David Baillie ETA

Renewable heat is key to the UK meeting its 2020 EU target of 15% of energy coming from renewables and the rewards offered by the RHI represent an opportunity for property owners. Loan funding is available to cover the capital cost of installation for organisations and for homeowners there is the Home Energy Scotland Renewables Loan Scheme with interest free loans available up to 75% of the installed cost up to £10,000.  

 

 

 

 

 

 

Written by Mark Henderson at 12:00

BBC turn spotlight on renewable heat at Dumfries House

BBC Scotland turn spotlight on renewable heat at Dumfries House. Interviews with Dumfries House Estate Manager, Oliver Middlemiss, Dimplex MD, Neil Stewart and Ecoliving founder, Mark Henderson.
Written by Mark Henderson at 00:00

National Museum of Flight shows the sky's the limit when it comes to renewable heat

sky's the limit

Specification

The renewable heating system currently being installed at the National Museum of Flight was designed in house, based on the specification provided. To achieve the desired result and an annual space heating demand of over 383,400 kilowatt hours (kWh), Ecoliving have installed three 75kW Dimplex SI 75 TE ground source heat pumps (GSHPs). These heat pumps source their heat from 35 borehole collectors and having raised the temperature through the refrigeration cycle, hot water is stored in a 1000 litre buffer tank and distributed to the hangars via 424m of highly insulated district heating pipework connecting to over 4,000m2 of underfloor heating throughout both hangars.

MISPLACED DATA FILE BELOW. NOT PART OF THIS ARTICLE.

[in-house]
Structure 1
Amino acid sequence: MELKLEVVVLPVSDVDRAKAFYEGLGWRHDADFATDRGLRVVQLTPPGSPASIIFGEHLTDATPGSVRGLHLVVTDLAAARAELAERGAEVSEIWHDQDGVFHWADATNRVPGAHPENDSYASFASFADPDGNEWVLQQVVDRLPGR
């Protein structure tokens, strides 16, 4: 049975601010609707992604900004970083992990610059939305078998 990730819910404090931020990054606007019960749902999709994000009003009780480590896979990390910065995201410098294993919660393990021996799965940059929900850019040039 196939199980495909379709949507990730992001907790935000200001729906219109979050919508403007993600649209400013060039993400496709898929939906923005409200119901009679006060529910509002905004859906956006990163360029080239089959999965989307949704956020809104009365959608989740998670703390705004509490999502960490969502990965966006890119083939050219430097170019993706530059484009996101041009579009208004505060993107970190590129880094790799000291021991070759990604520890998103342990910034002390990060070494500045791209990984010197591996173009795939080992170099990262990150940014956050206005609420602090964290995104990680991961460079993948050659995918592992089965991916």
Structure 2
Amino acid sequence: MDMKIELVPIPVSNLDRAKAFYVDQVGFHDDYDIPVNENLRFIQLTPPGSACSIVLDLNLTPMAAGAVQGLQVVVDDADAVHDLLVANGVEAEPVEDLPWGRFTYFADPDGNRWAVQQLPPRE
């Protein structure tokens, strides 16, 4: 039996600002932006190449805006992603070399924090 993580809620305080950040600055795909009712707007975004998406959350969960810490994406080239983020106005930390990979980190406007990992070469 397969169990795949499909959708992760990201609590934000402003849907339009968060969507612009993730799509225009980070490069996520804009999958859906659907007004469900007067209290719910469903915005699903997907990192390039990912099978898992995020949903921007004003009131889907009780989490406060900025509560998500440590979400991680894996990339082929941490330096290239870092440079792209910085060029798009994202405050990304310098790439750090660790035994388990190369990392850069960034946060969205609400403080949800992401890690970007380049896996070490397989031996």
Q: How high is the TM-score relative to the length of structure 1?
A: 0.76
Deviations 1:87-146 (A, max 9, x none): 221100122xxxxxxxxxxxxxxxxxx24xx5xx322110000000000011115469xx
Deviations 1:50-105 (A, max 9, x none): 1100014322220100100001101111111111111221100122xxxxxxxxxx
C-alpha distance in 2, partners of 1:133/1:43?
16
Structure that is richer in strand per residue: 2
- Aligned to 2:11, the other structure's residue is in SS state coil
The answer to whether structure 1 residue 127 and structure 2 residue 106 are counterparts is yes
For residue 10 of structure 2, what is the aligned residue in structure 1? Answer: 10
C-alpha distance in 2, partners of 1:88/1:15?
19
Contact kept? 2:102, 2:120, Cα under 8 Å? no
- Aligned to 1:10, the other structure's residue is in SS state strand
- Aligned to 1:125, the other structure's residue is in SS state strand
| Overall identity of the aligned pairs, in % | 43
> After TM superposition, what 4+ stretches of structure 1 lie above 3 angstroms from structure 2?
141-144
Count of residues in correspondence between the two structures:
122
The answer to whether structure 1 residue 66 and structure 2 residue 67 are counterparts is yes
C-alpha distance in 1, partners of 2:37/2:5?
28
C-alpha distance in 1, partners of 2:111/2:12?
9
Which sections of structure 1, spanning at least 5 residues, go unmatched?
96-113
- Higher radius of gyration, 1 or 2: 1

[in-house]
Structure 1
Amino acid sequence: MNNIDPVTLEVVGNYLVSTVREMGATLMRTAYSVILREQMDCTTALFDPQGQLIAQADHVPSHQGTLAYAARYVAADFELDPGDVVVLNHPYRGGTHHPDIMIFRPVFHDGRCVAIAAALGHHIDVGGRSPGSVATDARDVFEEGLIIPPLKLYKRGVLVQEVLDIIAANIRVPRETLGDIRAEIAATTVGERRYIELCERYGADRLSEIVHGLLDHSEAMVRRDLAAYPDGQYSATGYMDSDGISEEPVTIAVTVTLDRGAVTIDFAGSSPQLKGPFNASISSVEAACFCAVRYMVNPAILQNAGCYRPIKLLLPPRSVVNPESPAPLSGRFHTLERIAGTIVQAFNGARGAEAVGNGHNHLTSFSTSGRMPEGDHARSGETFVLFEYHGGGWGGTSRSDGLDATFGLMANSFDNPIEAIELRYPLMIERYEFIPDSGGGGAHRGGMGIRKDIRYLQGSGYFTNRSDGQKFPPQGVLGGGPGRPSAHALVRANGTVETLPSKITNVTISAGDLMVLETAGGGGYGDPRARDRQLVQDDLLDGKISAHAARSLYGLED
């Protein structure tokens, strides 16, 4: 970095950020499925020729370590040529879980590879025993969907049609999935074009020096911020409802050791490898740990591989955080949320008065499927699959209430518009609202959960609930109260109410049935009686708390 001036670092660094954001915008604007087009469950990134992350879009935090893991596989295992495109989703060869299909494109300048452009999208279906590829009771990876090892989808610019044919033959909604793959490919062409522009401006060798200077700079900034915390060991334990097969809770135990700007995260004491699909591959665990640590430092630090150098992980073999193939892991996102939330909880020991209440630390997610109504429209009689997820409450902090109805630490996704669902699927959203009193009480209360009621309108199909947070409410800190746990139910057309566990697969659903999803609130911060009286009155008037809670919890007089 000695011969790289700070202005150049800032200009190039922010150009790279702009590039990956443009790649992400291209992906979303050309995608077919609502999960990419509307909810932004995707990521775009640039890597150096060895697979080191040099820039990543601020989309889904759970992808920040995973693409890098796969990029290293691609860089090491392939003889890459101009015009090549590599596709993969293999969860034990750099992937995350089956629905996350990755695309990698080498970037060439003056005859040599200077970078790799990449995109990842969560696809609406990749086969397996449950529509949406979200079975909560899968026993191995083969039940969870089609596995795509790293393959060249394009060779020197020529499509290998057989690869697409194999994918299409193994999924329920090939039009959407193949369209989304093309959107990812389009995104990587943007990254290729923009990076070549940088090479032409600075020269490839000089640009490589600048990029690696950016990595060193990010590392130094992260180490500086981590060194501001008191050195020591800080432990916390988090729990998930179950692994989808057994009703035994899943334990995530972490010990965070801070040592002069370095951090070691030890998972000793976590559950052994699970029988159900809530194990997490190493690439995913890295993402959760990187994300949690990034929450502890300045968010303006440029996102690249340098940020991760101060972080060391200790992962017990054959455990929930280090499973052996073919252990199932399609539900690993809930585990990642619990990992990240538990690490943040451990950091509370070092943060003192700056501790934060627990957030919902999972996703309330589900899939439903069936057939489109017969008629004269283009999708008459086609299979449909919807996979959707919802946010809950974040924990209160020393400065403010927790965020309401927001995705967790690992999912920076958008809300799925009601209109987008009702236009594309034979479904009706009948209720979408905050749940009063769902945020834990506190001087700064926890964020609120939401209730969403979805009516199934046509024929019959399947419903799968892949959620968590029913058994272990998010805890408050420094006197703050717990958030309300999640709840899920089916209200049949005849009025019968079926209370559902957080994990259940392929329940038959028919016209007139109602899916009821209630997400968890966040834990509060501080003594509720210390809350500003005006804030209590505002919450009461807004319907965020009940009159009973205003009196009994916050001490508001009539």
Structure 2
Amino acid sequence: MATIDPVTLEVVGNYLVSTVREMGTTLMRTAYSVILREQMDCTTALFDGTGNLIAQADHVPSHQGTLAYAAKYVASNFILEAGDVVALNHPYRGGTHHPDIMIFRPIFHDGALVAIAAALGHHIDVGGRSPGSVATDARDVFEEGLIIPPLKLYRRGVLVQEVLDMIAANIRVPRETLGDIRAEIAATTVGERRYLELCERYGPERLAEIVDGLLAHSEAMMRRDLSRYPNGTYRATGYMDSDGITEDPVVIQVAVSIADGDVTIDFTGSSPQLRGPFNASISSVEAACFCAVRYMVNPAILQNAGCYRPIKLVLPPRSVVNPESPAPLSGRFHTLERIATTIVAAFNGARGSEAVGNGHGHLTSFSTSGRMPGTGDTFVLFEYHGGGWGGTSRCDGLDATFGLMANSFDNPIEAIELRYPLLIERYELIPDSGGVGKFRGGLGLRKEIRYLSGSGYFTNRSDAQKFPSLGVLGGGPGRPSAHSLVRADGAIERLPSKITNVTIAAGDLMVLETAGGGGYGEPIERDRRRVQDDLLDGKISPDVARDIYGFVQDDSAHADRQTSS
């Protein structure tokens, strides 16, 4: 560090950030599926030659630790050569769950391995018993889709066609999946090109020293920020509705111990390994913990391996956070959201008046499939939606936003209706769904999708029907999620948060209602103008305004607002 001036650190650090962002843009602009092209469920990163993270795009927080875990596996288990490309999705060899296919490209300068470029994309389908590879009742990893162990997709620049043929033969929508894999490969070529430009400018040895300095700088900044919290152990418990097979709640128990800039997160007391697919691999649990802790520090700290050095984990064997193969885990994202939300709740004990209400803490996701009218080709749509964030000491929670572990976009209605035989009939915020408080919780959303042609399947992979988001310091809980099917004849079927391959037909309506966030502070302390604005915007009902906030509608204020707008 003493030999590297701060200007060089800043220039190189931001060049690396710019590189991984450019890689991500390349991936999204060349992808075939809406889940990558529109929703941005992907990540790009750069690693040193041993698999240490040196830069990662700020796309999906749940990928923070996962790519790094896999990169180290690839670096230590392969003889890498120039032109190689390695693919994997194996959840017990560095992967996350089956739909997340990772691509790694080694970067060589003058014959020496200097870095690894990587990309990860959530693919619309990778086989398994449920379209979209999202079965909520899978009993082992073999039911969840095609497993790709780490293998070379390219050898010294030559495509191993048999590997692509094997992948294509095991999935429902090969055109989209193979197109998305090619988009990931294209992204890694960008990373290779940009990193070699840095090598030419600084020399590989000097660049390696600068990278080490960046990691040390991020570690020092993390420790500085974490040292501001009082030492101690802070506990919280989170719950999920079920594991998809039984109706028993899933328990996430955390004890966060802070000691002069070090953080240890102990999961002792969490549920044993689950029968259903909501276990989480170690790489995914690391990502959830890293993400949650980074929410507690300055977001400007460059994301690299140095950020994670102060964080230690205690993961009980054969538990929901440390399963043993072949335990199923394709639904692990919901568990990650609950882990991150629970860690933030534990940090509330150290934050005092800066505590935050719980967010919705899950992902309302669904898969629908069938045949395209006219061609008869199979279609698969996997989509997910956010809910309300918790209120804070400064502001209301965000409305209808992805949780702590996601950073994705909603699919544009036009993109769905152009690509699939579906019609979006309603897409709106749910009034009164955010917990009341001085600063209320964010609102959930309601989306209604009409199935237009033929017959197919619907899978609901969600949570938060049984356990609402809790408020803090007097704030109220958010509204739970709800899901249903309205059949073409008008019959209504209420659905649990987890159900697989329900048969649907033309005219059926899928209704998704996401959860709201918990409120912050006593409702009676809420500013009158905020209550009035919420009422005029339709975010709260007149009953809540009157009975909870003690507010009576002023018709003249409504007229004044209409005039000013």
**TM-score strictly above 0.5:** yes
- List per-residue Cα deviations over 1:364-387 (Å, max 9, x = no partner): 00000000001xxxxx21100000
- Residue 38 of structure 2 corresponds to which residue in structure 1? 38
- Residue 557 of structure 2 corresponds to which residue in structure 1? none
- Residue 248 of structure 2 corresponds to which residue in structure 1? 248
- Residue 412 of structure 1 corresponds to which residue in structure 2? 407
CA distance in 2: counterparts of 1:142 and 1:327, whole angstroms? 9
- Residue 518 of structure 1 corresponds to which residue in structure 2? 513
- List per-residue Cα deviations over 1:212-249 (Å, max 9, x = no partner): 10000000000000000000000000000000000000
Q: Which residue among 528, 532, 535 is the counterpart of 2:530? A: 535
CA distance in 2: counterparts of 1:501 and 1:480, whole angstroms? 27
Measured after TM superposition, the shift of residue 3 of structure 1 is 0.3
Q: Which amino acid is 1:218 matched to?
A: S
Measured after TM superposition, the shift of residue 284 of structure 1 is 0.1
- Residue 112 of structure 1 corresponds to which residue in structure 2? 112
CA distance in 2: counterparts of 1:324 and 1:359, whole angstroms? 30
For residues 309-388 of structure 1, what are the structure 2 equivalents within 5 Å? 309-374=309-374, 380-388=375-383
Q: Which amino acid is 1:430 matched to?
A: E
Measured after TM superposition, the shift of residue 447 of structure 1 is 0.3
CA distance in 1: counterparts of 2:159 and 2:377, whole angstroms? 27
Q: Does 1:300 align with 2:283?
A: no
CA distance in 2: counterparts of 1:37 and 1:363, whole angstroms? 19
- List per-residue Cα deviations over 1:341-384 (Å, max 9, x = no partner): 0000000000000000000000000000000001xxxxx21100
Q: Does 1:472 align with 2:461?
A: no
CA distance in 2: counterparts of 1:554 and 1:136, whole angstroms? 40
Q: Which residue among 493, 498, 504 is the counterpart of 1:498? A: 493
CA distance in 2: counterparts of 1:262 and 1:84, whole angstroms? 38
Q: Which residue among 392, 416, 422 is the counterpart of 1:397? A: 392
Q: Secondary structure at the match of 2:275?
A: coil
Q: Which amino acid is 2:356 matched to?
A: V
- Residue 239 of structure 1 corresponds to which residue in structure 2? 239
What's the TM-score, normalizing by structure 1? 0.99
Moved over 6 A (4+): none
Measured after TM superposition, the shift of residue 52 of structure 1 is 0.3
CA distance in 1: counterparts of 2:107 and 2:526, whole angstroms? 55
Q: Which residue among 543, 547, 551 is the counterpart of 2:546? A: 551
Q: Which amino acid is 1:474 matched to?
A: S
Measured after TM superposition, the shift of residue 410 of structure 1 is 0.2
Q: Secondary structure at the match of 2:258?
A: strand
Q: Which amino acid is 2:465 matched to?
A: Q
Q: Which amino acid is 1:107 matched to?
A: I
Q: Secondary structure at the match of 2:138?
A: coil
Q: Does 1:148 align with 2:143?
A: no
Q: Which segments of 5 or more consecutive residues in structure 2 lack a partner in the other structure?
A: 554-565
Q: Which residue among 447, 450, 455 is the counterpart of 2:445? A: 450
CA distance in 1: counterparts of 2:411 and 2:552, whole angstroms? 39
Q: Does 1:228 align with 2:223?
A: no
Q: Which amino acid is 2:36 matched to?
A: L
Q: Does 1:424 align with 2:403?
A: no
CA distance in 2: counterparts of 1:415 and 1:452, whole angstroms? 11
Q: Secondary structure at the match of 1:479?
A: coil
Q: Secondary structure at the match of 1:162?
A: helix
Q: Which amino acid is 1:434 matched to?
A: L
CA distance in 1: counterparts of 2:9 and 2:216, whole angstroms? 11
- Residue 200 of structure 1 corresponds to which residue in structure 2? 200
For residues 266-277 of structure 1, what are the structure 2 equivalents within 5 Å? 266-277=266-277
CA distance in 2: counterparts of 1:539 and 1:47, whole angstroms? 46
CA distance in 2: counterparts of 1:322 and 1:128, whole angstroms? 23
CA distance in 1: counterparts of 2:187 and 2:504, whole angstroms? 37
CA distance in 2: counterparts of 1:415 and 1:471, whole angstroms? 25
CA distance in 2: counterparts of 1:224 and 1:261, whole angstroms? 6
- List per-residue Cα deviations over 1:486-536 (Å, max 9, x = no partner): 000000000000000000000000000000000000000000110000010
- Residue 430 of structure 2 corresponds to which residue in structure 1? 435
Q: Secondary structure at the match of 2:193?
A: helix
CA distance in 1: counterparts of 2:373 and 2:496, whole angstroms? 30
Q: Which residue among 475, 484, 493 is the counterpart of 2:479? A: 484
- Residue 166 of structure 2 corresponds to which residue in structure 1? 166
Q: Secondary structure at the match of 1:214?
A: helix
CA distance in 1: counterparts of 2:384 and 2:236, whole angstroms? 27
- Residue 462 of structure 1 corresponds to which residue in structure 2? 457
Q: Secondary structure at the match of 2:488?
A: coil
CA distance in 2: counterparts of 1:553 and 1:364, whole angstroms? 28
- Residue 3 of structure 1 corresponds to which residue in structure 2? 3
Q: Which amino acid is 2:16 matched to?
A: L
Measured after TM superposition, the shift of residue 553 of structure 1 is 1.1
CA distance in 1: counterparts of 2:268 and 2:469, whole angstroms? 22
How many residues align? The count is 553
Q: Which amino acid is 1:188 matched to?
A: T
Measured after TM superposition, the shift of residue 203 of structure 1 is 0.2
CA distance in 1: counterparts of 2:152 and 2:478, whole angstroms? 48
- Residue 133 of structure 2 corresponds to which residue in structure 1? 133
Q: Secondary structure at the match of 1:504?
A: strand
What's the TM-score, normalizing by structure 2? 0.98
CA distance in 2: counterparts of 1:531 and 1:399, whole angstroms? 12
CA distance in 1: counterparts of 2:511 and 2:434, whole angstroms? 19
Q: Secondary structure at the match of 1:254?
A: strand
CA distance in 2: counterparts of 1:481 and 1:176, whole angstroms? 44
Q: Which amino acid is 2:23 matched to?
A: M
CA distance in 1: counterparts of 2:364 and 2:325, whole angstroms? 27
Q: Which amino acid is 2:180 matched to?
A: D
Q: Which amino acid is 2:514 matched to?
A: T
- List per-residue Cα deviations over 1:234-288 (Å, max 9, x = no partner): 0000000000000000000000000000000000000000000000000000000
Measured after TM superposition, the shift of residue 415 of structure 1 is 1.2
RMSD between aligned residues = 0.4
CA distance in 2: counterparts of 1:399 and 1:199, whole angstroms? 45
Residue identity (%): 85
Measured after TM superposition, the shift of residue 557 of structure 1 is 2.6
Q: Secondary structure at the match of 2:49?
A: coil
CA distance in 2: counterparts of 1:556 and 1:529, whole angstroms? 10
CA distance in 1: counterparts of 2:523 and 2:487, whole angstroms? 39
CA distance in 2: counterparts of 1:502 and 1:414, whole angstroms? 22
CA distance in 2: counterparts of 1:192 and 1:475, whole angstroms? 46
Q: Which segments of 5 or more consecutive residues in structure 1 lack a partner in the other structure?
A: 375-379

Underfloor Heating Distribution System

The first stage of installing the underfloor heating distribution system is putting the gas protective membrane in place. Then, 16,000m of underfloor heating pipework is applied between two layers of reinforcing mesh and is then fastened using wire ties. The concrete floor was then poured in sections and left to dry before being polished. The advantage of underfloor heating with a concrete slab floor in commercial spaces, is that it is more energy efficient in the long term. Once heated to the desired temperature, it requires very little energy to maintain the temperature as it is a radiant heat emitter meaning it is more efficient than conventional radiators.  

  UFH1  UFH2              UFH3  UFH4

Bore Hole Installation and District Heating Network